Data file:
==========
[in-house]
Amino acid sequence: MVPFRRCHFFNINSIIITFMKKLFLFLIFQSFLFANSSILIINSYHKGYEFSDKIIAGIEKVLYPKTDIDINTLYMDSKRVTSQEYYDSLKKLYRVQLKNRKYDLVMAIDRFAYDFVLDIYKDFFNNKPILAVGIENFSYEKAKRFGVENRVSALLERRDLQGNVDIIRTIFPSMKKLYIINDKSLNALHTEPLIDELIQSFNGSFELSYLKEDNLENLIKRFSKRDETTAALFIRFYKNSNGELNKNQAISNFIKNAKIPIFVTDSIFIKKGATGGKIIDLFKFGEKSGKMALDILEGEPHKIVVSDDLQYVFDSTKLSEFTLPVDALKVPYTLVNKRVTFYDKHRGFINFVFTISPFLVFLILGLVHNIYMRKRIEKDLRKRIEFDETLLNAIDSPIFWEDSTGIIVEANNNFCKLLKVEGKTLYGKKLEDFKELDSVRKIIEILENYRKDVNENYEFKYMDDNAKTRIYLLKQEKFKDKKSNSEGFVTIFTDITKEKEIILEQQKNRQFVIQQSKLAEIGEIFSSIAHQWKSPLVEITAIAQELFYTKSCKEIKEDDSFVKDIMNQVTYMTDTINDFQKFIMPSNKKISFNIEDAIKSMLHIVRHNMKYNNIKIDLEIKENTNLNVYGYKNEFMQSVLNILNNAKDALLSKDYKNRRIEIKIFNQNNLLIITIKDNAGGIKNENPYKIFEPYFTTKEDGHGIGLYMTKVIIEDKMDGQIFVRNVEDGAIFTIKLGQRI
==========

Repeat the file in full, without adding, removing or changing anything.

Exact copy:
[in-house]
Amino acid sequence: MVPFRRCHFFNINSIIITFMKKLFLFLIFQSFLFANSSILIINSYHKGYEFSDKIIAGIEKVLYPKTDIDINTLYMDSKRVTSQEYYDSLKKLYRVQLKNRKYDLVMAIDRFAYDFVLDIYKDFFNNKPILAVGIENFSYEKAKRFGVENRVSALLERRDLQGNVDIIRTIFPSMKKLYIINDKSLNALHTEPLIDELIQSFNGSFELSYLKEDNLENLIKRFSKRDETTAALFIRFYKNSNGELNKNQAISNFIKNAKIPIFVTDSIFIKKGATGGKIIDLFKFGEKSGKMALDILEGEPHKIVVSDDLQYVFDSTKLSEFTLPVDALKVPYTLVNKRVTFYDKHRGFINFVFTISPFLVFLILGLVHNIYMRKRIEKDLRKRIEFDETLLNAIDSPIFWEDSTGIIVEANNNFCKLLKVEGKTLYGKKLEDFKELDSVRKIIEILENYRKDVNENYEFKYMDDNAKTRIYLLKQEKFKDKKSNSEGFVTIFTDITKEKEIILEQQKNRQFVIQQSKLAEIGEIFSSIAHQWKSPLVEITAIAQELFYTKSCKEIKEDDSFVKDIMNQVTYMTDTINDFQKFIMPSNKKISFNIEDAIKSMLHIVRHNMKYNNIKIDLEIKENTNLNVYGYKNEFMQSVLNILNNAKDALLSKDYKNRRIEIKIFNQNNLLIITIKDNAGGIKNENPYKIFEPYFTTKEDGHGIGLYMTKVIIEDKMDGQIFVRNVEDGAIFTIKLGQRI